Yet another fantastic Australian outback rural crime noir novel debut for your holiday reading: The Stoning (Transit Lounge 2021) by Peter Papathanasiou. The first in a planned series (yay!), The Stoning features Detective Sergeant George Manolis, a richly captured policeman of Greek heritage who is summoned to the small outback town where he grew up to investigate a brutal murder.

Local loved schoolteacher, Molly Abbott, was discovered taped to a tree and cruelly stoned to death. So many aspects don’t add up – she was a well-liked member of the community so who would want her dead? The manner of death seems to point directly at ‘the brown house’, the immigration detention centre that has become the dying town’s main source of income; stoning is a notorious method of killing in some of the society’s most represented in the facility. And yet Molly was a staunch supporter of the asylum seekers and in fact spent her spare time teaching them English and helping them with their visa applications. The treatment of the refugees then comes under scrutiny, with cracks appearing in the supposedly state-of-the-art facility. Meanwhile, suspicion falls on others including widow Molly’s ex-lovers.

The dual narrative is that of the town itself – poor, derelict and failing – a very far cry from the home Manolis remembers from his childhood, when his father ran the local milk bar. The police force is a joke, managed by a frequently drunk, lazy and corrupt chief who turns a blind eye to most crimes, particularly if they involve crimes against the local Aboriginal population. The tiny station has one First Nations constable who is discriminated against for more than one reason, and another female constable who also suffers her fair share of prejudice. The town of Cobb is brimming with drugs, alcohol, violence, racism, intolerance, ignorance, corruption, secrets and lies.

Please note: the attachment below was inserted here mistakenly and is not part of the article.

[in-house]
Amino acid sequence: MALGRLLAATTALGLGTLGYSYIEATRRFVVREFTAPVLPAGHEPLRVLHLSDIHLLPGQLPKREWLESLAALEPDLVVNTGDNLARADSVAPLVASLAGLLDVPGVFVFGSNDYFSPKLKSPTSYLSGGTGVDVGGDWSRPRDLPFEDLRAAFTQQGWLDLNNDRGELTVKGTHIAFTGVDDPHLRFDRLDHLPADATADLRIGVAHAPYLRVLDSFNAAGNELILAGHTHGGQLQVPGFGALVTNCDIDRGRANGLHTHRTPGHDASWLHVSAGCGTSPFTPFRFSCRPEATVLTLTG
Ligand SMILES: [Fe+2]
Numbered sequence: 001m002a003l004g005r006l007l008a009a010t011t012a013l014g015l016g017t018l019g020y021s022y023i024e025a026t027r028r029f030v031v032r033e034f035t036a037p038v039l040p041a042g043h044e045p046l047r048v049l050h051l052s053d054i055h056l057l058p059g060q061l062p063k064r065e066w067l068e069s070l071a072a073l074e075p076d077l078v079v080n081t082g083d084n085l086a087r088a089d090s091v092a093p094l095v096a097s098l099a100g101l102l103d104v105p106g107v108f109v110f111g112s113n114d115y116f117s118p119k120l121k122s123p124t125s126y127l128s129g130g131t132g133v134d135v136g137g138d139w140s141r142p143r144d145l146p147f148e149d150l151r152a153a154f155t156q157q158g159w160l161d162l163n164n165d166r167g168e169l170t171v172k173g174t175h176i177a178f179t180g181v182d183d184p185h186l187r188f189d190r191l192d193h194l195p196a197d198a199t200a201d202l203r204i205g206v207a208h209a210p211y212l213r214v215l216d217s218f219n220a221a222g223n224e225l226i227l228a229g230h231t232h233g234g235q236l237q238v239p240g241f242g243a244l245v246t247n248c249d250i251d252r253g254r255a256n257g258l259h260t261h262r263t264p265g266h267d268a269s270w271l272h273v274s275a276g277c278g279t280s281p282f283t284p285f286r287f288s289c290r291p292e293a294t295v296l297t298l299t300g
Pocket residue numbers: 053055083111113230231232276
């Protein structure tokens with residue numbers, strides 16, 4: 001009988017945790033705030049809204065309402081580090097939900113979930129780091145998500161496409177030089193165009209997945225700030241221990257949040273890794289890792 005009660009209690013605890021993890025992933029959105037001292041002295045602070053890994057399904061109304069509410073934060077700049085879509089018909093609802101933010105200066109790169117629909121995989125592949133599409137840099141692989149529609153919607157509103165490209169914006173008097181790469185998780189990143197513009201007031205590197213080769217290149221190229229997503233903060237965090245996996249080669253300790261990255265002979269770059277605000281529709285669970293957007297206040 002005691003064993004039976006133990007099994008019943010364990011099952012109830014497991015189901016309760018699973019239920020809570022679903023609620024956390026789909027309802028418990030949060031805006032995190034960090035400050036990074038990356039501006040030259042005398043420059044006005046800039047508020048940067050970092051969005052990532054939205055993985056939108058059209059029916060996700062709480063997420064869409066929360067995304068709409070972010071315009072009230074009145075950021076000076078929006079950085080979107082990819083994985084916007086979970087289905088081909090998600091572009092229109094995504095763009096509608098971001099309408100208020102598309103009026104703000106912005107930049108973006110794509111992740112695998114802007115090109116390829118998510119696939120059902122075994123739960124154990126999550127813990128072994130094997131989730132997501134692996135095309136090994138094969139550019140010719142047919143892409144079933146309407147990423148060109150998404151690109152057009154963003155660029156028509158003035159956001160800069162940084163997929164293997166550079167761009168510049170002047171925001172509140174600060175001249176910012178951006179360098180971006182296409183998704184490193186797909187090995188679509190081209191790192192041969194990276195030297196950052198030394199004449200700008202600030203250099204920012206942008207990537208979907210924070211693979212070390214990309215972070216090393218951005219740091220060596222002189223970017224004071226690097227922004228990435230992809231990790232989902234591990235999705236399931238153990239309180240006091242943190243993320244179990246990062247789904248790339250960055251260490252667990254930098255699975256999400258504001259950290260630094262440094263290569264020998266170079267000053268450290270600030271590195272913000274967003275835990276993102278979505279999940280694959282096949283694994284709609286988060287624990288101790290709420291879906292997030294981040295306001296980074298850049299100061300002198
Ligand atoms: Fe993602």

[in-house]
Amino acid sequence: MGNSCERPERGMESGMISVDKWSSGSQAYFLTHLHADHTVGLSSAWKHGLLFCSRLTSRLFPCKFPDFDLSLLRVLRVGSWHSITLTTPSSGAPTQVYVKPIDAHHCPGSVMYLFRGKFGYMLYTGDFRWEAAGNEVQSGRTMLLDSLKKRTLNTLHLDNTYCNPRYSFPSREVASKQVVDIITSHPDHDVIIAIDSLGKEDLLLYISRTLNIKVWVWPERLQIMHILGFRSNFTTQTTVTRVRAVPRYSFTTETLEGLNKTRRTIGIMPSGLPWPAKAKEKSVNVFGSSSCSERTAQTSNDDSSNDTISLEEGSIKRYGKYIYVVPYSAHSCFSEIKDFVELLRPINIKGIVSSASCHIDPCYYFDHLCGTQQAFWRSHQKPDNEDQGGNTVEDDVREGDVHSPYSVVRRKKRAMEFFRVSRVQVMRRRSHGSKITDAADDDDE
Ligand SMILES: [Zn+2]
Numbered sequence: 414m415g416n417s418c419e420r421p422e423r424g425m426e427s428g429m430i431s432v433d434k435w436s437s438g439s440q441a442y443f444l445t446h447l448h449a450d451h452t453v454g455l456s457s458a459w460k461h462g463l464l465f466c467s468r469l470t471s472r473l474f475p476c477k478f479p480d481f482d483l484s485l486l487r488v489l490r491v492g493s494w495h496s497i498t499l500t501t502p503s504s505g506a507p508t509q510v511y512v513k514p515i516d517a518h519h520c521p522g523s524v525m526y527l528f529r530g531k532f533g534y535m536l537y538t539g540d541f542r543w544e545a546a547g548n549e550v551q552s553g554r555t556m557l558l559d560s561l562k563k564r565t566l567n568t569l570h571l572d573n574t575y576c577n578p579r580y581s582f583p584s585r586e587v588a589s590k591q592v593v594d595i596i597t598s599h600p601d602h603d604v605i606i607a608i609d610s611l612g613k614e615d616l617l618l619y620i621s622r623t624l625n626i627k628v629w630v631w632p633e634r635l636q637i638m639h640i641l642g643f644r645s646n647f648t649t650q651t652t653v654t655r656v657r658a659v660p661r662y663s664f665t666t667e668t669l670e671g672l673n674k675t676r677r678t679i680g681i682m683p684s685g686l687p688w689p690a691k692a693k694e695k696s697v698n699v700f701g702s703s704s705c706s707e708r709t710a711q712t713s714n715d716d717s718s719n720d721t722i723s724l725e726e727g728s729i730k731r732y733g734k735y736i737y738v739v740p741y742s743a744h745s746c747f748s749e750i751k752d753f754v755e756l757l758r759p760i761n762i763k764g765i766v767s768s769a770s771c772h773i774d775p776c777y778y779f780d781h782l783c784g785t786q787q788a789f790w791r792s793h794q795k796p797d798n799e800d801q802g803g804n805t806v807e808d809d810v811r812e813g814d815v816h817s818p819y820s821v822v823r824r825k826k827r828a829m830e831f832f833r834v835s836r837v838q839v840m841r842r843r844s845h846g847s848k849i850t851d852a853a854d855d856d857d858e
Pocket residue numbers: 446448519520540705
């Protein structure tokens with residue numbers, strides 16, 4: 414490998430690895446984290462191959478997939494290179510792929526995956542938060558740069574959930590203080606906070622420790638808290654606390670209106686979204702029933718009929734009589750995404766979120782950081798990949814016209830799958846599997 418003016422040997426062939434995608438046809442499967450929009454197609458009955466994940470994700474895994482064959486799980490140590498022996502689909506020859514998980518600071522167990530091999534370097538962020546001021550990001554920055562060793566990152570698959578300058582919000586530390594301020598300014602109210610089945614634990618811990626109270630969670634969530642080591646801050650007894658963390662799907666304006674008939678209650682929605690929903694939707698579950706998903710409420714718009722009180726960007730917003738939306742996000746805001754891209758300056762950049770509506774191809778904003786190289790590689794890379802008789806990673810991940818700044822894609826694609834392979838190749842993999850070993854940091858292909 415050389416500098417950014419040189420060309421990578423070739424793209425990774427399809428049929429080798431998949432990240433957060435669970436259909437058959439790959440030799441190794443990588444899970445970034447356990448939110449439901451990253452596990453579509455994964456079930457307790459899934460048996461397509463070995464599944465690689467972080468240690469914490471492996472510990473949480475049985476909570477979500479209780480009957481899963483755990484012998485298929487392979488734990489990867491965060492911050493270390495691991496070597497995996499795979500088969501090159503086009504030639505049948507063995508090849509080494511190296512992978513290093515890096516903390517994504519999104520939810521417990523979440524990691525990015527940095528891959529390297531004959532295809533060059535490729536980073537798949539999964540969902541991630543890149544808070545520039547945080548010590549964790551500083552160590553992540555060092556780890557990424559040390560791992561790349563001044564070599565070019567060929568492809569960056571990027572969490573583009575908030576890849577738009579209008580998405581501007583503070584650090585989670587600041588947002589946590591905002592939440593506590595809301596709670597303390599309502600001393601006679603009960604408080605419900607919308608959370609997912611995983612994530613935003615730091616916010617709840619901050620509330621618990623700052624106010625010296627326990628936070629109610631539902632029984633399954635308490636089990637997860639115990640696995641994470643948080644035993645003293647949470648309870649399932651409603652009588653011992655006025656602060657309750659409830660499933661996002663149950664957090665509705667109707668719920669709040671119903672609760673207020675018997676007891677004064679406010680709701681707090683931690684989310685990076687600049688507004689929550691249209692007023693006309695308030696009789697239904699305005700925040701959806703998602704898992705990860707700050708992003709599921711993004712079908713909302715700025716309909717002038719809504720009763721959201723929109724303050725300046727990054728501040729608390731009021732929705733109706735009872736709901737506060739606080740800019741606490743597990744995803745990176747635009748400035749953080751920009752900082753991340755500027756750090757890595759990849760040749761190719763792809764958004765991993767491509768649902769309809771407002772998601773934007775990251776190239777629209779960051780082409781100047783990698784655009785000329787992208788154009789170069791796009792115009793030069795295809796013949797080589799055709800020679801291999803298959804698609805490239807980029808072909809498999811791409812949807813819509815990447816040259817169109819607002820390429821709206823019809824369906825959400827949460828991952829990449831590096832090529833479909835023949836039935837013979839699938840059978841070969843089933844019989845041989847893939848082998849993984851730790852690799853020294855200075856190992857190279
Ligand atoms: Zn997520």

This novel has all the great features of an excellent crime read: a nuanced and flawed cop protagonist with secrets and pain in his own past; an outback town with a complicated history and present-day cover-ups; a seemingly innocent victim; a cast of suspects (some of whom may be guilty of something, if not the crime itself); and lots of red herrings and genuine clues seeded throughout the story. And of course the setting is pure Australian noir. A small, rundown town that has seen better days and a more profitable time, now home to loners and old-timers and those without the wherewithal or the energy to leave. The sense of place is exquisitely rendered.

The Stoning is a gritty, sinister and compulsive page-turner. While it is part police procedural, it is also a damning depiction of a community under threat from within, with the dark shadows of historical racism and violence reaching forward to the present. Add to this the controversy of the treatment of refugees, and the story reaches a critical mass boiling point of conflict.

The ending is satisfying in several ways – firstly because after the climactic penultimate scene, the reader is still unsure of the fate of several of the characters (only revealed right at the end); secondly because there is still one final twist in the tale; and thirdly because the ending leaves us with the sense that Monolis is a character who has a long journey ahead of him, hopefully played out in the next book/s.